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Creating a Communications Curriculum for the Modern Engineer

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2021 ASEE Virtual Annual Conference Content Access


Virtual Conference

Publication Date

July 26, 2021

Start Date

July 26, 2021

End Date

July 19, 2022

Conference Session

Capstone Design

Tagged Division

Mechanical Engineering

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Paper Authors


Geoffrey Recktenwald Michigan State University

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Geoff Recktenwald is a member of the teaching faculty in the Department of Mechanical Engineering at Michigan State University. Geoff holds a PhD in Theoretical and Applied Mechanics from Cornell University and Bachelor degrees in Mechanical Engineering and Physics from Cedarville University. His research interests are focused on best practices for student learning and student success. He is currently developing and researching SMART assessment, a modified mastery learning pedagogy for problem based courses. He created and co-teaches a multi-year integrated system design (ISD) project for mechanical engineering students. He is a mentor to mechanical engineering graduate teaching fellows and actively champions the adoption and use of teaching technologies.

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Danny Rubin Rubin

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Danny Rubin is the founder of Rubin, a leading provider of online curriculum for business communication skills. Rubin, the company, provides its signature curriculum, called "Emerge," to engineering schools nationwide. Emerge features in-demand communication topics like email etiquette, phone etiquette, networking, LinkedIn and more. Danny began his career as a local TV news reporter and national news consultant for NBC's "Meet the Press." He's a graduate of the University of Virginia and also received a master's in broadcast journalism from the University of Maryland - College Park.

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Successful engineering requires communication skills. Clear communication is necessary for selling ideas, working on teams, reporting results, and negotiating a career. While engineers do learn how to write lab reports and other technical documents, many engineering faculty do not include professional communication skills in their courses. It is often assumed that students are capable of writing professional emails, communicating with team members, keeping minutes for a meeting, or summarizing a meeting with little or no formal instruction. When communication education is included, it is included as an add-on and often only addressed at the level of proficiency of the instructors (who are typically not experts in professional communication). The purpose of this paper is to outline a multi-course effort at Michigan State University to meaningfully integrate a professional communication curriculum into their core engineering classes. The paper outlines the development of a multi-course syllabus and leveraging an existing communications education solution. Careful work is done to integrate communication education into the course objectives and curriculum rather than treating it as an add-on. Evidence of successfully achieving student outcomes is measured with student surveys and questionnaires.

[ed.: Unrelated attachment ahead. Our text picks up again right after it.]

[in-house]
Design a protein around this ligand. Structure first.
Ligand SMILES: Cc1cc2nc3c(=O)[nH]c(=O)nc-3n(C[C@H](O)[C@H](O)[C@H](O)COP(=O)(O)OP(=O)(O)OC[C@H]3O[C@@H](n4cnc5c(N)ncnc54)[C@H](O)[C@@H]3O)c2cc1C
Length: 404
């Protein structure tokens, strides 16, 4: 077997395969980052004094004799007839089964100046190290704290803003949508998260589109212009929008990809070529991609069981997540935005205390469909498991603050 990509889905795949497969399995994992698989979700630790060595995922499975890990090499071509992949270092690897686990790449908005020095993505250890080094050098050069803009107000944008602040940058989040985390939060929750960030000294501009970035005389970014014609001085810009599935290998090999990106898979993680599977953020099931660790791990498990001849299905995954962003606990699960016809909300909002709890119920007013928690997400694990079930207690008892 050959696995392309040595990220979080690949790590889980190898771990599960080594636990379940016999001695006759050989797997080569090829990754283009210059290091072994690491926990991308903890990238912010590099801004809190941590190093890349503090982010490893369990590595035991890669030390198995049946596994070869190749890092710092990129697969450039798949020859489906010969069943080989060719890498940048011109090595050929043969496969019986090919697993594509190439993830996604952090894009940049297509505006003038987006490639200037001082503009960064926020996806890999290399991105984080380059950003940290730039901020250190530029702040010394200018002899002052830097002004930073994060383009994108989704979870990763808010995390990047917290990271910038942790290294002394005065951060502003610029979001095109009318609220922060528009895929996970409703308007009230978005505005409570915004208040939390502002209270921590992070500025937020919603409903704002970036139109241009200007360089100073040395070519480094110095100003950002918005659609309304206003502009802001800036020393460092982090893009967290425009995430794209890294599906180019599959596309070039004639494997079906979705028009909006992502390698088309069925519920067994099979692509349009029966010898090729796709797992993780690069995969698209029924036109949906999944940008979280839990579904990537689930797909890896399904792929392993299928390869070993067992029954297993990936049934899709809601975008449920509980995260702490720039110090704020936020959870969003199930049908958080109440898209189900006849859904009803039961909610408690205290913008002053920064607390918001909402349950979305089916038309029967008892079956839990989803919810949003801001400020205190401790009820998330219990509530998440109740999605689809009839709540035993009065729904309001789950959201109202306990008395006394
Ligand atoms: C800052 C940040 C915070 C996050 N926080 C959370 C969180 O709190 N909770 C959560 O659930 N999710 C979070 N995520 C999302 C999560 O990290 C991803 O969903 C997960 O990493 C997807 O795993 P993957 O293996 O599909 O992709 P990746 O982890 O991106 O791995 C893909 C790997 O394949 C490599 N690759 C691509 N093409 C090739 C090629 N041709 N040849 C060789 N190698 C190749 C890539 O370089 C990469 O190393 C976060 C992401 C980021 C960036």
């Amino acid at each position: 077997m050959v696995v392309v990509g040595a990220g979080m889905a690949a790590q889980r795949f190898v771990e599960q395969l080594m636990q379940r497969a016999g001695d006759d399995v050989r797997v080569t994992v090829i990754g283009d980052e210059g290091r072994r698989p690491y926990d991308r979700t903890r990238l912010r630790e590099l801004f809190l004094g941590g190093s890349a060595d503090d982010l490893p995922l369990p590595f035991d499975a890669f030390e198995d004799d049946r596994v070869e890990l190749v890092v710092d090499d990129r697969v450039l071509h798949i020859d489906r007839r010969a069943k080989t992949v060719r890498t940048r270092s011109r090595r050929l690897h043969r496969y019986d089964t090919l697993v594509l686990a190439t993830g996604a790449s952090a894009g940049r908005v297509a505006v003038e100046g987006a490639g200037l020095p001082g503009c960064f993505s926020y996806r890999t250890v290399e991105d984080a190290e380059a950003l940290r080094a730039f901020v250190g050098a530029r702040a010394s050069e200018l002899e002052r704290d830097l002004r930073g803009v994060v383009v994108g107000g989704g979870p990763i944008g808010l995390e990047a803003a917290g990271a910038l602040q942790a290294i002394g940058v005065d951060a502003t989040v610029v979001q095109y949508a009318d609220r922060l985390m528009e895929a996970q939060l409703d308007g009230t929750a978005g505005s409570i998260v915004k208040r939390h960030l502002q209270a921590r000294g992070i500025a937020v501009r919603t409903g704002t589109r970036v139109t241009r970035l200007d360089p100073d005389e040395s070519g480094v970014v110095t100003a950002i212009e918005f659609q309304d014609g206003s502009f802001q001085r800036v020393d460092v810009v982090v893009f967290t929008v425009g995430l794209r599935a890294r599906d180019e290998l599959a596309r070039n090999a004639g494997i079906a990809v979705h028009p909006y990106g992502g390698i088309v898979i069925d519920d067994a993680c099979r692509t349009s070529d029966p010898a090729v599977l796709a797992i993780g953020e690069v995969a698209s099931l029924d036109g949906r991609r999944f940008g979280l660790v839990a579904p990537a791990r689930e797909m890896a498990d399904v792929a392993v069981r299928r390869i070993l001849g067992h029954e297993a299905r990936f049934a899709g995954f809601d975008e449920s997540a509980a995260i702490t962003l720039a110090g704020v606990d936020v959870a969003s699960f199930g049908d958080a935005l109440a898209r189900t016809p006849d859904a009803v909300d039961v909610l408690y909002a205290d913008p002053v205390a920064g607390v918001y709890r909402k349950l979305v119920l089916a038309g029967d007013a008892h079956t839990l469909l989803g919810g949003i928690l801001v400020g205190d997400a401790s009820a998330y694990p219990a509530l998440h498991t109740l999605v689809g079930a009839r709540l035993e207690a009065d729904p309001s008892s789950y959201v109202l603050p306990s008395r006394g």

Recktenwald, G., & Rubin, D. (2021, July), Creating a Communications Curriculum for the Modern Engineer Paper presented at 2021 ASEE Virtual Annual Conference Content Access, Virtual Conference. 10.18260/1-2--36865

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